Looking at the specs of the Akai EIE Pro (from here), this is the relevant section:
Mic gain (MIC): +9dB to + 51.5dB
The mic preamp in the Akai is capable of putting out up to 51.5 dB of gain.
Looking at the spec sheet for the SM7B, search for "Output Level." You'll see that the output level for the SM7B is -59.0 dB. This means that even at max volume (not recommended) loudest the Akai can get the SM7B is -7.5 dB. You start hitting the top 20% (the hissy section) of your preamp gain at ~40 dB. This gives you up to -19 dB with clean gain.
Simply put: Your preamp isn't capable of putting out enough gain to support the SM7B. You need between -18 and -12 dB of clean signal to get a good tracked recording.
The options you mentioned such as external preamps and new interfaces are both valid options, and probably the best plan in the long term. However, preamps and interfaces can get expensive, so I'll suggest a third option.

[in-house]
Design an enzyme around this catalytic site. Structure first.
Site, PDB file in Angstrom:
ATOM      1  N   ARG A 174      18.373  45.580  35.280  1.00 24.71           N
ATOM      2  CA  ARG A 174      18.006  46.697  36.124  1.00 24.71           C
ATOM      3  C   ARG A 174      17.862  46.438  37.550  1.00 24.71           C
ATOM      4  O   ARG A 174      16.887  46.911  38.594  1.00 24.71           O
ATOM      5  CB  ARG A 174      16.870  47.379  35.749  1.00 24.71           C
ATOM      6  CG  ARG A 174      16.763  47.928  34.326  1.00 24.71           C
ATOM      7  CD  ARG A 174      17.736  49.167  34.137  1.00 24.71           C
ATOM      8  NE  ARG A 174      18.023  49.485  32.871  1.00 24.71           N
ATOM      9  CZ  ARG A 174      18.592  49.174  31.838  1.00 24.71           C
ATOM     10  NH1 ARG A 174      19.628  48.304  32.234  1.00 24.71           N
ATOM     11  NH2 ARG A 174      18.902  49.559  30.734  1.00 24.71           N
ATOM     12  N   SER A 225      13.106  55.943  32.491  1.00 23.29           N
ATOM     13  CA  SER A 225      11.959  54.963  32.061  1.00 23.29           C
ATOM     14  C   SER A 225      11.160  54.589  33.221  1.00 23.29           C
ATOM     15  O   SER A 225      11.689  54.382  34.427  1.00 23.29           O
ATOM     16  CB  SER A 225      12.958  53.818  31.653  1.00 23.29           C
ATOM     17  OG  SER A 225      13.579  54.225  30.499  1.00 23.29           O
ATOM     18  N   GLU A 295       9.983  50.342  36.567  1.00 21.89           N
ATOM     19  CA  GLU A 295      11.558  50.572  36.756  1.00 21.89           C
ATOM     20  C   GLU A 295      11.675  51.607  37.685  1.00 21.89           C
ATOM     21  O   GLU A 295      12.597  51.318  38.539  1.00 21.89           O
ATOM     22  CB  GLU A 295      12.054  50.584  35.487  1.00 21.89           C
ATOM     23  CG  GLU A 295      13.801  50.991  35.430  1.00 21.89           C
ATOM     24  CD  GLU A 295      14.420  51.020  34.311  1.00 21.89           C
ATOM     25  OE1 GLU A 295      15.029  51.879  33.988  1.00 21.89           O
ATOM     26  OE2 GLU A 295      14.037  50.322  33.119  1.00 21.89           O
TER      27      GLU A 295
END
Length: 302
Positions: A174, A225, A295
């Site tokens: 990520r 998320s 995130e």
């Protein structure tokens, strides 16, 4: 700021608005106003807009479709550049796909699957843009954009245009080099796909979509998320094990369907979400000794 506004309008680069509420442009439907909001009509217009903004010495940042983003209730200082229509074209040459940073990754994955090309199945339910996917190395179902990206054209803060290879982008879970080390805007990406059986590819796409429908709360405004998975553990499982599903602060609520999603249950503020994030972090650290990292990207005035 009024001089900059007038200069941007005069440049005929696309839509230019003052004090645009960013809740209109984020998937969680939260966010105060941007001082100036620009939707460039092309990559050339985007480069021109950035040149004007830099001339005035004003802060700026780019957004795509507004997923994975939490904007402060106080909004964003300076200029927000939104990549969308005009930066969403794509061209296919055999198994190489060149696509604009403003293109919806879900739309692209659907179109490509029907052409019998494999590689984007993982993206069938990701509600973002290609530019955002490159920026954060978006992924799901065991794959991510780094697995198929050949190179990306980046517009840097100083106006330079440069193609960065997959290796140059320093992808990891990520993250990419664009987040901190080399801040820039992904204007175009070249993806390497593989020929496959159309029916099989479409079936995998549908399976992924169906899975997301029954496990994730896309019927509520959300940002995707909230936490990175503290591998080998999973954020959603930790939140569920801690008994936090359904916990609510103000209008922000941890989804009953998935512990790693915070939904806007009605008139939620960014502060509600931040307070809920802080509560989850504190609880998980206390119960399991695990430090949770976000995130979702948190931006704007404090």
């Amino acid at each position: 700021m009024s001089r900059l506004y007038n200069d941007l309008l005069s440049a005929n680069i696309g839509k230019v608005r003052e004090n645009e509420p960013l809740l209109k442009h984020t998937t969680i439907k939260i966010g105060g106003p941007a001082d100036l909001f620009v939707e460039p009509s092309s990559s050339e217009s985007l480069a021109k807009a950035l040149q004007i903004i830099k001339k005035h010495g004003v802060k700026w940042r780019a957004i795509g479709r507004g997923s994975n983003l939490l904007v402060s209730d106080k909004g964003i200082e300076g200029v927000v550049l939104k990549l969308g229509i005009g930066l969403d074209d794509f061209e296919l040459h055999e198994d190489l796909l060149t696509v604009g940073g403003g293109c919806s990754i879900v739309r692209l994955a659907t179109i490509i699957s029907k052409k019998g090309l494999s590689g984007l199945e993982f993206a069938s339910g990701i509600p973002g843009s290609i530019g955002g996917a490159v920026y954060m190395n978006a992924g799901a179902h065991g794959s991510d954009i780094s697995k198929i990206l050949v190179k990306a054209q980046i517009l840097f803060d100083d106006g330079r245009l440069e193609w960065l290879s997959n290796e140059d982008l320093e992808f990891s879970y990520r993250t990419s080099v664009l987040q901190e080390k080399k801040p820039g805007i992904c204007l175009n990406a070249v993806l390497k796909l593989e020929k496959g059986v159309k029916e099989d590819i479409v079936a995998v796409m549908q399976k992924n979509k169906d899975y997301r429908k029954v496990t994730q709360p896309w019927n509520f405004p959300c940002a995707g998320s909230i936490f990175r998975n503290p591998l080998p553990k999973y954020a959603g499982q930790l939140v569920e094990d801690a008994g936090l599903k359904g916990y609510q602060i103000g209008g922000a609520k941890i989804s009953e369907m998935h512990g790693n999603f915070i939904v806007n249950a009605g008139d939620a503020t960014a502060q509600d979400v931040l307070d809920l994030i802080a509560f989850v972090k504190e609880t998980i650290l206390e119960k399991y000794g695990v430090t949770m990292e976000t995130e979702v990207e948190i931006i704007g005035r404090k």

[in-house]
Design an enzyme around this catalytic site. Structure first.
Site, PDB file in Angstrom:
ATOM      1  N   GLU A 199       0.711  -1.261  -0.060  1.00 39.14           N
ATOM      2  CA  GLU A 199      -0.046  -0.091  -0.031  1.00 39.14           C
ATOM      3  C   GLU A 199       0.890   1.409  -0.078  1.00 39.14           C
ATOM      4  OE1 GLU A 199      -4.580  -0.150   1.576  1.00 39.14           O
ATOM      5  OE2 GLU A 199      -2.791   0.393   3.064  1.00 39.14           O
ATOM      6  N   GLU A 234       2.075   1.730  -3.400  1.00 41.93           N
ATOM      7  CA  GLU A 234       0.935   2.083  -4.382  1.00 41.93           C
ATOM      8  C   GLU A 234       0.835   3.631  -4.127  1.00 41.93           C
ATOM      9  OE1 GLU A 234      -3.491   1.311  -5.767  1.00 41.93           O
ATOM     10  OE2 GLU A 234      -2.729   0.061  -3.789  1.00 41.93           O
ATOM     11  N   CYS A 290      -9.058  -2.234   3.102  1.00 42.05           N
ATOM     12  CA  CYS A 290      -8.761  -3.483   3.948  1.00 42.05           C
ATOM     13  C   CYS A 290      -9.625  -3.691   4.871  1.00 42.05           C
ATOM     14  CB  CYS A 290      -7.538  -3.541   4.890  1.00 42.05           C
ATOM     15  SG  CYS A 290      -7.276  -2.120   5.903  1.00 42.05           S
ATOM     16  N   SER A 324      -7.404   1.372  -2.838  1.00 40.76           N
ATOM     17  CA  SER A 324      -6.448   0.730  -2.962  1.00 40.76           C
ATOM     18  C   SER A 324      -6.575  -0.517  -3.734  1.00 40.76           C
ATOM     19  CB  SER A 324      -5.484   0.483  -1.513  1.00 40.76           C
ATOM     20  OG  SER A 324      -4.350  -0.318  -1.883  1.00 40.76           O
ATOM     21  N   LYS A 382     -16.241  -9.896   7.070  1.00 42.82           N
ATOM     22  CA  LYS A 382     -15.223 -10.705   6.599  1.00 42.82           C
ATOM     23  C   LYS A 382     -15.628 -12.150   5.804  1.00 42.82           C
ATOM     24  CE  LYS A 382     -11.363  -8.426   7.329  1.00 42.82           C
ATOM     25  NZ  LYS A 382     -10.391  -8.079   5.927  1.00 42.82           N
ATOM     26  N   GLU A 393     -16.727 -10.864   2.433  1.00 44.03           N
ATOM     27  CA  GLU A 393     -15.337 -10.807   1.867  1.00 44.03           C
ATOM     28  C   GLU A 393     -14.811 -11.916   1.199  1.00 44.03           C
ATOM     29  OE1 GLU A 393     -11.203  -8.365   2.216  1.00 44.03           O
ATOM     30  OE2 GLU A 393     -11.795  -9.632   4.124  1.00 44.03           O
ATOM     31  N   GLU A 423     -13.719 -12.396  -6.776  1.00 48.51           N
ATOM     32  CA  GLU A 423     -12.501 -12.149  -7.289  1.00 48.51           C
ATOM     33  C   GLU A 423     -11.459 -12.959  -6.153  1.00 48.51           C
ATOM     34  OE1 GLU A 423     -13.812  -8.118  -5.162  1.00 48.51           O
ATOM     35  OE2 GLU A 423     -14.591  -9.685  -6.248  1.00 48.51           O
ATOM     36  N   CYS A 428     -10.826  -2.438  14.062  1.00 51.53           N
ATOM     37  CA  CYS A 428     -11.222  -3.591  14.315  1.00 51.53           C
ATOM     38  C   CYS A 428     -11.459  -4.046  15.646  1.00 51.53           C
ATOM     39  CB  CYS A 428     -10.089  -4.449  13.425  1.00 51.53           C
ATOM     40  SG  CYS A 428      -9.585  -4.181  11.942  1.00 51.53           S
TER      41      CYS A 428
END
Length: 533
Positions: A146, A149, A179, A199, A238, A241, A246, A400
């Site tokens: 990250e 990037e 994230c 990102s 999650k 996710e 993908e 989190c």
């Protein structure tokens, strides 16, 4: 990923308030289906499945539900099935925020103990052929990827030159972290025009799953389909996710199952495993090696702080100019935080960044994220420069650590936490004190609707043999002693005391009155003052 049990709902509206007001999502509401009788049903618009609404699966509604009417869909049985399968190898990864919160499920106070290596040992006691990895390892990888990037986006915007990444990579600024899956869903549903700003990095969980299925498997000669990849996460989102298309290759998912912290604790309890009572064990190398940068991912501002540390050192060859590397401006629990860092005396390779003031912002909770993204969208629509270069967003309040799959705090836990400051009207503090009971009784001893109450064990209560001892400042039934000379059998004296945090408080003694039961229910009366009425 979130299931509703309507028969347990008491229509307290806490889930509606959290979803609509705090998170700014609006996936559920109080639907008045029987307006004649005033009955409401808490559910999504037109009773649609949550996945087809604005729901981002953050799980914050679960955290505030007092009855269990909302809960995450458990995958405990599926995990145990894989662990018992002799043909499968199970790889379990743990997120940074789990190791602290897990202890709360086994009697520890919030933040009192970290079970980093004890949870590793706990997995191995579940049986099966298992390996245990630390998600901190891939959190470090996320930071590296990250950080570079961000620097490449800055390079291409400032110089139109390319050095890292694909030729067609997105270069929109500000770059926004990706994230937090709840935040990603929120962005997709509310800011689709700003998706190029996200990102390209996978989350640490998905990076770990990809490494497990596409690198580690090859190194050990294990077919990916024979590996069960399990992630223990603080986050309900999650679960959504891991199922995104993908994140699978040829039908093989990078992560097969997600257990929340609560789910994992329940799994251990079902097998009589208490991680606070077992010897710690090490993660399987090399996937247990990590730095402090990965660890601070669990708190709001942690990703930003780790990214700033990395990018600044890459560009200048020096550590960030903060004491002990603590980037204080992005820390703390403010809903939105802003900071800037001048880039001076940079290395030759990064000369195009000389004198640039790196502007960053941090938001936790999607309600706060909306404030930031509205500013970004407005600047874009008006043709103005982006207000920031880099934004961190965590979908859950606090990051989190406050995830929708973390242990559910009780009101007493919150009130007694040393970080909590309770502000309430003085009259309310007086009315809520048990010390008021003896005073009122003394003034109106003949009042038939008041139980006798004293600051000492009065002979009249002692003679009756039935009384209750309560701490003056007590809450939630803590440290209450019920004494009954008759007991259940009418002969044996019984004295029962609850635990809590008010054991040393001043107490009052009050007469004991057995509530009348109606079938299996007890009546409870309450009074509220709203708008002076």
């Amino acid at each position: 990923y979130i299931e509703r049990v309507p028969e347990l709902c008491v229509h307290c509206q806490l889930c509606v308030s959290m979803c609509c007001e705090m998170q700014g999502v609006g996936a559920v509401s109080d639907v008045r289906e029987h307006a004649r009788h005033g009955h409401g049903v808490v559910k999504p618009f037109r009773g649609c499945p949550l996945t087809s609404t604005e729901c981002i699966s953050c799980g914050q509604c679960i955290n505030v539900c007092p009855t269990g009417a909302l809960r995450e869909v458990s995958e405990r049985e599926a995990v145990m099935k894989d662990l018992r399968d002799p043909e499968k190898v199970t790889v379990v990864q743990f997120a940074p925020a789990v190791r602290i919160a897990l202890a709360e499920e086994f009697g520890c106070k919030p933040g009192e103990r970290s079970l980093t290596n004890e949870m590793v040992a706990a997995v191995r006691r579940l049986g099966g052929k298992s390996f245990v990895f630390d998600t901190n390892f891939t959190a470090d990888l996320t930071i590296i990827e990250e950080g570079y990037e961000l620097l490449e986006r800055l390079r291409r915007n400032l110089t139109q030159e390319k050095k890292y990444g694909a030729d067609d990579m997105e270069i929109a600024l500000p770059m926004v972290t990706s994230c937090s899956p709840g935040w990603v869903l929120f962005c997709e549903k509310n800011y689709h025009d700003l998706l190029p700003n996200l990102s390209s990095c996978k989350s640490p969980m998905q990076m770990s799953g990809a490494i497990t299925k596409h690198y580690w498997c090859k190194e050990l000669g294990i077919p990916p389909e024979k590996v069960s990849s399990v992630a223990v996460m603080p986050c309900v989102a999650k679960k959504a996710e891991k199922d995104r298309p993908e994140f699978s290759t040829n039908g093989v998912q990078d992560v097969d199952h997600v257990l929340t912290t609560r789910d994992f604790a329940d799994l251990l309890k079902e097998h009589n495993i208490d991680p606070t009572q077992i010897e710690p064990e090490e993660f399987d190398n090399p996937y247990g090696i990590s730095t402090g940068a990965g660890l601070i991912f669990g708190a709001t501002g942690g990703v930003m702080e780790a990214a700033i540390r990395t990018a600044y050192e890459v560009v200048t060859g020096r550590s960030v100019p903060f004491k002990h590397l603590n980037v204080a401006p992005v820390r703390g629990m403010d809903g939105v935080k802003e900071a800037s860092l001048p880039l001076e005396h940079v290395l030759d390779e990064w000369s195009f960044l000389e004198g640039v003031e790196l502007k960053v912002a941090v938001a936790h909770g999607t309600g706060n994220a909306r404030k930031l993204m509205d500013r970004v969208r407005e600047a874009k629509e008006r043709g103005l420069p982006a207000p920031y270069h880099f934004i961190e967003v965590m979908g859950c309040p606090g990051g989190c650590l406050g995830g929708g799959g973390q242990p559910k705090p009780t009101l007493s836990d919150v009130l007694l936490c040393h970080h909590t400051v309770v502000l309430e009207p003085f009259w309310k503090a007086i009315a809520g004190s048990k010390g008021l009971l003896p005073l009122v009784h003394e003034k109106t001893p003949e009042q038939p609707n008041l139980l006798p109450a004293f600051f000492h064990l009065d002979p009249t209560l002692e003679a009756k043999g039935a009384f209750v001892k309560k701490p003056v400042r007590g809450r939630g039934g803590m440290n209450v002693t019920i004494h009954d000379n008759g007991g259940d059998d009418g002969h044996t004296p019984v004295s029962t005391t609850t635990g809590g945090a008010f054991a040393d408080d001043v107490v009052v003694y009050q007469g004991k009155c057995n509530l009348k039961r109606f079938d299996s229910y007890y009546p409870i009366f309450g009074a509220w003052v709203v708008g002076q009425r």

You said you tried boosting the quiet signal by adding a gain or compression plugin, then increasing the output gain of the plugin while setting the plugin to make no changes to the relative content of the signal. This will increase the overall volume of the recording, which increases the noise floor as well. You may need to gate the signal before gaining to limit the amount of the noise floor which makes it into the final recording. You can also attempt to lower your noise floor, but this is very difficult to make a significant difference without a significant investment into acoustical isolation.
The other option is an external gain booster, such as the Triton Fethead. This is a very simple inline preamp that gives a flat 20 dB boost to your line volume before it hits the preamp. This would give you plenty of headroom to make use of your SM7B, and would be simple enough to use on other mics as well if needed.
You might check out this thread discussing the amount of gain needed for the SM7.